Social Life SOS: I Have No Social Life Because I’m in Law School

Social help SOS: I have no social life because I'm a law studentPlease welcome back 2L guest writer, Shirlene Armstrong, to discuss how law school has impacted her social life, and how she has managed to find (some) balance.

Forgotten are the days of fun and excitement. Forgotten are the late nights with friends and bar nights. Forgotten are going out and enjoying other’s company. Forgotten are the days of making memories and trying new experiences. Forgotten are the days and nights of youth and undergraduate. This is the life of a typical law student. Hopelessly searching for ways to break the chains that tie them to their casebooks and escape the confines of the law school library. It is a sad and tragic time in the law student’s life. But, does it have to be? One of the most common complaints of law students is that they have no time for what they want to do – that they have “no social life.” This is attributed to the law school experience (re: craziness). However, law school and your social life are not mutually exclusive.       

My Social Life

I am a 2L, meaning I am in the busiest year of my life. And true to the “work to death” law school year, I am B-U-S-Y. Put best by my boyfriend, at any given day/time, I could be in 4 different places. I am constantly running from one activity/job/class to the next. Each minute of my day is calculated, and I have to strategize in order to be successful. Despite my busy life and juggling a million things at once, I actually have a social life. I am able to make time for my friends and family and do things that I want to do. (I also sleep!!) I know, this sounds like an urban legend, but it’s not. There is a way to be a law student, maintain employment, do several activities, and have a social life–all while being successful.

The Law School Dilemma

Let’s be real, law school is crazy. You are busy all the time, you’re constantly stressed about finding post-graduate employment, trying to take all the opportunities you can, and read all the cases your professors have assigned you. How are you supposed to find time for anything else?? Well, law school is designed to get you prepared for being an attorney. However, no one tells you how exactly. Most people believe that law school teaches you how to think like a lawyer and understand law and theory. Although this is true, I’d argue law school really teaches you how to act like a lawyer. By this, I don’t mean stand up in court or argue. Lawyers are VERY busy. At any given moment they could probably be working on several different things. You have to juggle your clients, your assignments, and your deadlines, all on top of maintaining your personal lives. Law school is designed to get you to prioritize, strategize, and organize. In order to be a successful attorney, you have to manage everything, so it follows that, in preparation, you must try to do the same as a law student.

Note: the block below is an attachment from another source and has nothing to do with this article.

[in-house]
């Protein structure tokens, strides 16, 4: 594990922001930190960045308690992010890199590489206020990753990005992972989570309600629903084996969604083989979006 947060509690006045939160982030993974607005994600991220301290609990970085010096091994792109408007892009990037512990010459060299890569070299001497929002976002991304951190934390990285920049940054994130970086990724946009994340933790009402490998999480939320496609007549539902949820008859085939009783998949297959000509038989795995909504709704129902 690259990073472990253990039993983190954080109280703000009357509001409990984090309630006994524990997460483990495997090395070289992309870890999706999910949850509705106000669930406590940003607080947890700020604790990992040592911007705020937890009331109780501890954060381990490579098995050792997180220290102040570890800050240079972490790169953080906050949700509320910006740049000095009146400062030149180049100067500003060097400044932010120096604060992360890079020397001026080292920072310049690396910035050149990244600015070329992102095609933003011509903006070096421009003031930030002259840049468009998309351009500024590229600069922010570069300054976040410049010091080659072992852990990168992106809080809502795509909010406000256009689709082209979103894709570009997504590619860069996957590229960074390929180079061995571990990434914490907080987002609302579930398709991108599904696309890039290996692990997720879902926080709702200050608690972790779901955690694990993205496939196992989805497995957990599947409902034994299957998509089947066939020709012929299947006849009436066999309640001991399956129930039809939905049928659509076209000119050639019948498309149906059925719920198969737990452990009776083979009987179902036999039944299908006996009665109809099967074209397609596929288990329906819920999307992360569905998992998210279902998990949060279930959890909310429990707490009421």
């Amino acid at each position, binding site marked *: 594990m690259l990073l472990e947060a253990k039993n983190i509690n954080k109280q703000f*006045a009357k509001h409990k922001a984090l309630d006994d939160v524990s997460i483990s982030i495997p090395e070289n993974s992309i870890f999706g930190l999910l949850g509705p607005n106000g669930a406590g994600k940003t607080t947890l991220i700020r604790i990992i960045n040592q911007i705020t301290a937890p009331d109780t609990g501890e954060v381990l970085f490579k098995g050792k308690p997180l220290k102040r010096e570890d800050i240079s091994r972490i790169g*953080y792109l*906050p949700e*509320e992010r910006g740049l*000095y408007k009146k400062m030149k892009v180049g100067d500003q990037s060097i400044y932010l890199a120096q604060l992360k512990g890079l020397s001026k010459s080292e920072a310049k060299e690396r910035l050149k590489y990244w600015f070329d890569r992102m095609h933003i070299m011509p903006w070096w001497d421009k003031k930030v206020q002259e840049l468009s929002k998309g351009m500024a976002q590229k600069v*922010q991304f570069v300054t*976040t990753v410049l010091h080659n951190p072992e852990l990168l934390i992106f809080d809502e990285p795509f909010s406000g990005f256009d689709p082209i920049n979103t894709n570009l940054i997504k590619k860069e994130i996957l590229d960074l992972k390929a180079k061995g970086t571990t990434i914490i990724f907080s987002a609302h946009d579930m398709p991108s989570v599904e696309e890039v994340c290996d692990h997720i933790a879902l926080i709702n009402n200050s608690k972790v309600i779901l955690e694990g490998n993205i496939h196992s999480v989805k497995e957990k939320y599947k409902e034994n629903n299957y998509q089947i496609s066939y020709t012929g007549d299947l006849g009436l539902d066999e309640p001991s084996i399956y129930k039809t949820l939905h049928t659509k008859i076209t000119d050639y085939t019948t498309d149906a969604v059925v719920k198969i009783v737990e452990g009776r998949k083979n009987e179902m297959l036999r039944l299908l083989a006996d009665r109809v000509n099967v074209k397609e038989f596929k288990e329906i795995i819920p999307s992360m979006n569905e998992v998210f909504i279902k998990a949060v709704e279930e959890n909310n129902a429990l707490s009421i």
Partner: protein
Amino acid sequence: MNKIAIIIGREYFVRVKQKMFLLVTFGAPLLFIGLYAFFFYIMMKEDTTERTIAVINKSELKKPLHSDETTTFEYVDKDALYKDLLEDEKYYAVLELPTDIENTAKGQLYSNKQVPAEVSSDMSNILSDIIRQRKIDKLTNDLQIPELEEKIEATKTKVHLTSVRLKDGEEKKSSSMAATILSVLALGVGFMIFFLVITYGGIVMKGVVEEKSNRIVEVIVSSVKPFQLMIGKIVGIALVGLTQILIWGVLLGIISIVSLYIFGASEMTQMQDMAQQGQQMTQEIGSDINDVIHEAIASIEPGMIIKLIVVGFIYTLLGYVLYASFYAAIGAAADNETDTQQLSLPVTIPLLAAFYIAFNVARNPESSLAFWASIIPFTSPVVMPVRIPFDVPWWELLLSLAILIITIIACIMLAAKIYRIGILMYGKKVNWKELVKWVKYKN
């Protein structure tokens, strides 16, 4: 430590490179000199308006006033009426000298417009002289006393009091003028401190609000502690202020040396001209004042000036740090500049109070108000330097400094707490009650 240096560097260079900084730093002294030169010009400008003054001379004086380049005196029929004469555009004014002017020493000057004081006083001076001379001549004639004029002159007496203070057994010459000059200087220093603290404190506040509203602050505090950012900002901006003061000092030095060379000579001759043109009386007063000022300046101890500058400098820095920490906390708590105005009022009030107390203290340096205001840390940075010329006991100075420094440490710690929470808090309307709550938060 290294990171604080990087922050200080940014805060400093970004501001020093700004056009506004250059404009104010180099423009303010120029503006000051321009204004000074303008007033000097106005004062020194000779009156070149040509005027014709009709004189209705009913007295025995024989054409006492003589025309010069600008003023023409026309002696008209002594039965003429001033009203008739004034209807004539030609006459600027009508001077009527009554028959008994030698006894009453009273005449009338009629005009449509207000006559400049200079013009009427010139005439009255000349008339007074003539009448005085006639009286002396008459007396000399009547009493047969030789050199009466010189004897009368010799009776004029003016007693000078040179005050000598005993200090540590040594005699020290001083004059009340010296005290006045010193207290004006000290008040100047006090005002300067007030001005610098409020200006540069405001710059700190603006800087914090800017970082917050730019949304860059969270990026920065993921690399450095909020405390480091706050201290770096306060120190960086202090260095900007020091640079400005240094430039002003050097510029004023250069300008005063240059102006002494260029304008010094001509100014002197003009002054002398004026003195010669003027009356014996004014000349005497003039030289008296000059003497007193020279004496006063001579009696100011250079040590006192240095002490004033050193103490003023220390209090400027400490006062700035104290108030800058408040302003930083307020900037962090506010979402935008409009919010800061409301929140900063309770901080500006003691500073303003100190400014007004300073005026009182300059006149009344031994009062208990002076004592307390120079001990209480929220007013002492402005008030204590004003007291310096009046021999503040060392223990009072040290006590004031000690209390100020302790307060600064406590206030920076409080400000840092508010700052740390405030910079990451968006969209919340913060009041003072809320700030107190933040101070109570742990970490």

Time and Organization

You are limited to 24 hours, 1440 minutes in a day. At first glance, this seems like an ample amount of time to get everything done that you need to do. However, time is valuable and you must understand this. Your time is affected but what and how you do things. Thus, you must manage your time well so you can do things besides law school. This means not only how long you do something but also how. In order to manage your time effectively, you need to be organized and flexible. This not only means keeping a schedule and understanding your commitments, but also adapting your plan of action and attack strategy when something isn’t working. By working smart and effectively, you will be able to make more time for your social life.

Make Concessions

You are a law student so you cannot do everything the world has to offer. Instead, you have to decide what is more important and make concessions. This involves figuring out everything you need/want to do and prioritizing. This is all about finding balance in your crazy schedule. Some things are more important than others, while others need to be done sooner rather than later. This can also mean actually scheduling time to be social so you don’t prioritize something else over it.

Social Life is Important

Despite what you may think, having a social life in school is very important. It keeps you sane, allows you to de-stress, and gives the appearance of normalcy. Also, your personal life does not stop when you enter law school. Life keeps going and law students typically miss out on a lot of it when during the school year. Thus, make time for your loved ones and have some fun – law school does not have to dictate your entire life.


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About Shirlene Brown

Shirlene Armstrong is a first-generation student in her last year at Wayne State University Law School in Detroit, Michigan. At Wayne, Shirlene has been involved with numerous organizations and clubs, including mock trial, LexisNexis, the Women's Law Caucus, and the Journal of Law and Society. Shirlene enjoys mentoring others and sharing what she has learned on her legal journey and continues to work hard in accomplishing her dreams.

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